This is the title of an article published in the Houston Chronicle by Paula Harris and Ruthe Farmer.
… Public school districts, HISD included, are not doing enough to prepare students or encourage them to pursue high tech careers. This has to change… We need to start working with students at a young age to spark their interest in technology and computer science. Our children should not just know how to use apps and video games, they should know how to create apps and video games… We must elevate computer science classes to be part of our core curriculum.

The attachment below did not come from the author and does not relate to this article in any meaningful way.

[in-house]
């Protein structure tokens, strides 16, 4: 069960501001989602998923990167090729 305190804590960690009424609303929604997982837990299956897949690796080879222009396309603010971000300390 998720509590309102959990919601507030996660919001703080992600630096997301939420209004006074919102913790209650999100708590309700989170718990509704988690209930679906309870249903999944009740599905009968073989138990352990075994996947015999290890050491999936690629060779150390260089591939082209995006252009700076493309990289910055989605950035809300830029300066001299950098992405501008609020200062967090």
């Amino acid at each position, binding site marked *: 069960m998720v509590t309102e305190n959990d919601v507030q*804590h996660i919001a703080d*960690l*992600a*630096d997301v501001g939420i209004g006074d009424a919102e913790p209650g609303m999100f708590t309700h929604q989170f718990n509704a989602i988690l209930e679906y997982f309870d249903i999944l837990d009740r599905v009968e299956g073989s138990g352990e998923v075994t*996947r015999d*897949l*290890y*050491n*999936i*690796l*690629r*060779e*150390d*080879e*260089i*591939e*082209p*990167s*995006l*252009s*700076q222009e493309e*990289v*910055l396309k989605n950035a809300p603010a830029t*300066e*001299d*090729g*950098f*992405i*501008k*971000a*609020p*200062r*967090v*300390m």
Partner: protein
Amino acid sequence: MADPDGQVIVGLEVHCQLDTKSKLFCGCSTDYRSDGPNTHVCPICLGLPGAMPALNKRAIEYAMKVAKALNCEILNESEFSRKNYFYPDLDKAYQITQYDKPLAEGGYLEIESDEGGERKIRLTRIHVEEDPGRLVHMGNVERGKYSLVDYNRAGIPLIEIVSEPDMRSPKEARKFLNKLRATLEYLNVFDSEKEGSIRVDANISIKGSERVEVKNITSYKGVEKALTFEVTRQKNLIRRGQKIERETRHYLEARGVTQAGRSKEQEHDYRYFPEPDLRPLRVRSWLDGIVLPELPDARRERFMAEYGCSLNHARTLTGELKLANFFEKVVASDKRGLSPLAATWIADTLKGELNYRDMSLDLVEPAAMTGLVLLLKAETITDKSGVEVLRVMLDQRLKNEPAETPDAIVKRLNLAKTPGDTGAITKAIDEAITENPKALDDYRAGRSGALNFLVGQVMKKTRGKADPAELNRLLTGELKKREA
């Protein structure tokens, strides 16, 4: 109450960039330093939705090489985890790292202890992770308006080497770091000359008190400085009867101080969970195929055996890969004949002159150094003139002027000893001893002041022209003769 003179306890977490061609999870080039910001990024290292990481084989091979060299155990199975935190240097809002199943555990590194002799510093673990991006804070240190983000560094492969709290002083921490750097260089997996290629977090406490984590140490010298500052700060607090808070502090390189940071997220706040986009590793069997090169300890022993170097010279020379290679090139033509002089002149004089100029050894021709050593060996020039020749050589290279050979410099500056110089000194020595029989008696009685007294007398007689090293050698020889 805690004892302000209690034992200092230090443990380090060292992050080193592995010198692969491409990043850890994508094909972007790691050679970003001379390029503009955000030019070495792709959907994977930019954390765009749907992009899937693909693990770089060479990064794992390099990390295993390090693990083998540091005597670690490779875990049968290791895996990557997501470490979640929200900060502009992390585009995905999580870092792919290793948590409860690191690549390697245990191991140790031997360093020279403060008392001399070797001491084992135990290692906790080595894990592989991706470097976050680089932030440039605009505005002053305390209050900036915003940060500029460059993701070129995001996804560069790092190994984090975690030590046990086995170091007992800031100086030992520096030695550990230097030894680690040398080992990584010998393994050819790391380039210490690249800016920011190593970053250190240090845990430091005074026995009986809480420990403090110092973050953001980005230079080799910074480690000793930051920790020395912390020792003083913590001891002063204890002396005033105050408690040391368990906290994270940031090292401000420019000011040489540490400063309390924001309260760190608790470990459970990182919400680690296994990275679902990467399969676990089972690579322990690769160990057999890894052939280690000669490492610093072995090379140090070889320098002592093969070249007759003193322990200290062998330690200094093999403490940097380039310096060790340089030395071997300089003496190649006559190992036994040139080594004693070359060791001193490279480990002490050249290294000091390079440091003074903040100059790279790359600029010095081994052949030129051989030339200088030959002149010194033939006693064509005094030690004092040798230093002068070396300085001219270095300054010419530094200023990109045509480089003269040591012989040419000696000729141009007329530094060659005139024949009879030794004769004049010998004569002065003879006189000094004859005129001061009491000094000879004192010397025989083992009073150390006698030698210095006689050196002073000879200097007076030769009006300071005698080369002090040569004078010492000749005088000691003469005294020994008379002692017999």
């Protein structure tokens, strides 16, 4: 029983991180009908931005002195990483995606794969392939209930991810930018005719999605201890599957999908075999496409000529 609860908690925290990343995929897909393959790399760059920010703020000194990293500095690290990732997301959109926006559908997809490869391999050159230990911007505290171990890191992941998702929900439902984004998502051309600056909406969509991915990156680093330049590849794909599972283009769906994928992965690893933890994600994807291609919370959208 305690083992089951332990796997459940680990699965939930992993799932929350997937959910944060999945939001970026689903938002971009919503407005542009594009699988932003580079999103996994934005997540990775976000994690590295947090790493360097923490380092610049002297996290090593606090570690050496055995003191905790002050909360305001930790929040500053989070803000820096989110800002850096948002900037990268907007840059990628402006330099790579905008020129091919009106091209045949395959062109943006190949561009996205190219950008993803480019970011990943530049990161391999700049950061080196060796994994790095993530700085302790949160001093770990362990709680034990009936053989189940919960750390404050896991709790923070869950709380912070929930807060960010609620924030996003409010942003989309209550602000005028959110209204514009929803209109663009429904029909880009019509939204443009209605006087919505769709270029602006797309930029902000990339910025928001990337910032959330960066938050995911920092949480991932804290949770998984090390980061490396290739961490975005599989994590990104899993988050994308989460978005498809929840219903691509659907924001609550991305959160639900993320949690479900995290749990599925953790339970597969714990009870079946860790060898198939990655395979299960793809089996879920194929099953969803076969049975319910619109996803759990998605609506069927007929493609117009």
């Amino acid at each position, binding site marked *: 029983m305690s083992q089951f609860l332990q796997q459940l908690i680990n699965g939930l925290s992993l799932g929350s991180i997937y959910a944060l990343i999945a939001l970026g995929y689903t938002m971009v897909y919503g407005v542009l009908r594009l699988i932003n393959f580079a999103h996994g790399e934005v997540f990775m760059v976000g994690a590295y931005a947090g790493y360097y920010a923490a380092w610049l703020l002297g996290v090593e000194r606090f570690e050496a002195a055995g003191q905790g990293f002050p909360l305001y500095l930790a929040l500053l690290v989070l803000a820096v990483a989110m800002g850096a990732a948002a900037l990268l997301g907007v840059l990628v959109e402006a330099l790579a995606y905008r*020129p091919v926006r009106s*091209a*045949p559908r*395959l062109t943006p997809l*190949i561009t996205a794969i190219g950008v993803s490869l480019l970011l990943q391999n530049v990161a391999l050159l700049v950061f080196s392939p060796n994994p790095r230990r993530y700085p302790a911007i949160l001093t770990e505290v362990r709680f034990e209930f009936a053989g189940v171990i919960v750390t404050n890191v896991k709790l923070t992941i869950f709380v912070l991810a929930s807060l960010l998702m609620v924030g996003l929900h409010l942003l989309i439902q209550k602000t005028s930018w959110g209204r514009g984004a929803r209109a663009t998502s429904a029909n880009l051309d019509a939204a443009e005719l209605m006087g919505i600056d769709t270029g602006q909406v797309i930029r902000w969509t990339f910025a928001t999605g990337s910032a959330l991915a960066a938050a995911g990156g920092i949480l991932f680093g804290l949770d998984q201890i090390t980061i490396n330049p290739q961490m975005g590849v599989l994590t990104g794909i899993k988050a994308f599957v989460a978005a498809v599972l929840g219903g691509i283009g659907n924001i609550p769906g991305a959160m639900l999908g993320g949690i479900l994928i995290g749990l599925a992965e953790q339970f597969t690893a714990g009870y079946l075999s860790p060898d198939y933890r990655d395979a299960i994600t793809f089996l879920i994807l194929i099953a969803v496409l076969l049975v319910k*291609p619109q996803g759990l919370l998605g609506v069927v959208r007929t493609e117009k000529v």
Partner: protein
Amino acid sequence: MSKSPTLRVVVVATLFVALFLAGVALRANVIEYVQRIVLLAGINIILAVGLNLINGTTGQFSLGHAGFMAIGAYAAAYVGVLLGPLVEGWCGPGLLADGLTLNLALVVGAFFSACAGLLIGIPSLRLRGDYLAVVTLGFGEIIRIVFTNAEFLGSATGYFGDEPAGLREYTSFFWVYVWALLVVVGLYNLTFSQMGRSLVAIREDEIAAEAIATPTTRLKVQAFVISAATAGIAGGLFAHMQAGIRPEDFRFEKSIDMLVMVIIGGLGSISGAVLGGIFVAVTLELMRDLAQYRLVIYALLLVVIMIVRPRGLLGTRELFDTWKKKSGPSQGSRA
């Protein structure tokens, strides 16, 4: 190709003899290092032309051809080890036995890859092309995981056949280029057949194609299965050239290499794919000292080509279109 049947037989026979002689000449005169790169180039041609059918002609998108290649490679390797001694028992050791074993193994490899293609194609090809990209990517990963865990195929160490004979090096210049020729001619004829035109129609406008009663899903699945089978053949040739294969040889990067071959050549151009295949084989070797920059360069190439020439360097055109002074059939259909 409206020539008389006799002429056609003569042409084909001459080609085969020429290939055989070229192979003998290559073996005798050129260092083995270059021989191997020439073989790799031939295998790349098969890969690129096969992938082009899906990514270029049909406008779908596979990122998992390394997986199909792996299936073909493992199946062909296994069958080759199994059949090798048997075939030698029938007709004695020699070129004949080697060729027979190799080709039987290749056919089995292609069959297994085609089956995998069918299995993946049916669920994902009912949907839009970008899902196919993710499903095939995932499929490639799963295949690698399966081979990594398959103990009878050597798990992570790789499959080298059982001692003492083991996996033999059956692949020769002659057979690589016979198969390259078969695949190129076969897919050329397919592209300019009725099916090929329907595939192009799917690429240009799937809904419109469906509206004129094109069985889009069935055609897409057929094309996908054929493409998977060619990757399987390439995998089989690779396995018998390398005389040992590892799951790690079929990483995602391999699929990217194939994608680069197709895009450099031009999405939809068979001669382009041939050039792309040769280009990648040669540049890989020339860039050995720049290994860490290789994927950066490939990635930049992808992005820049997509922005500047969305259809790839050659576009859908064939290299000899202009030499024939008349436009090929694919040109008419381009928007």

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The students I taught to program a line dance at Piney Point ES in Houston ISD and Bendwood in Spring Branch ISD now want to program the NAO to dance, design video games, and write their own mobile apps. Their teachers must maintain that spark, that passion to learn to program.
While young girls and boys use technology every day to communicate, play video games, download and listen to music, their interest in majoring in STEM has steadily declined over the past decade. Fewer students are enrolling in computer science and graduating with computer science degrees. If this trend continues, the technology industry will only be able to fill half its available jobs with candidates with computer science bachelor’s degrees from U.S. universities, according to the National Center for Women in Technology.
-Michele Kang CEO Cognosante, Leaders in STEM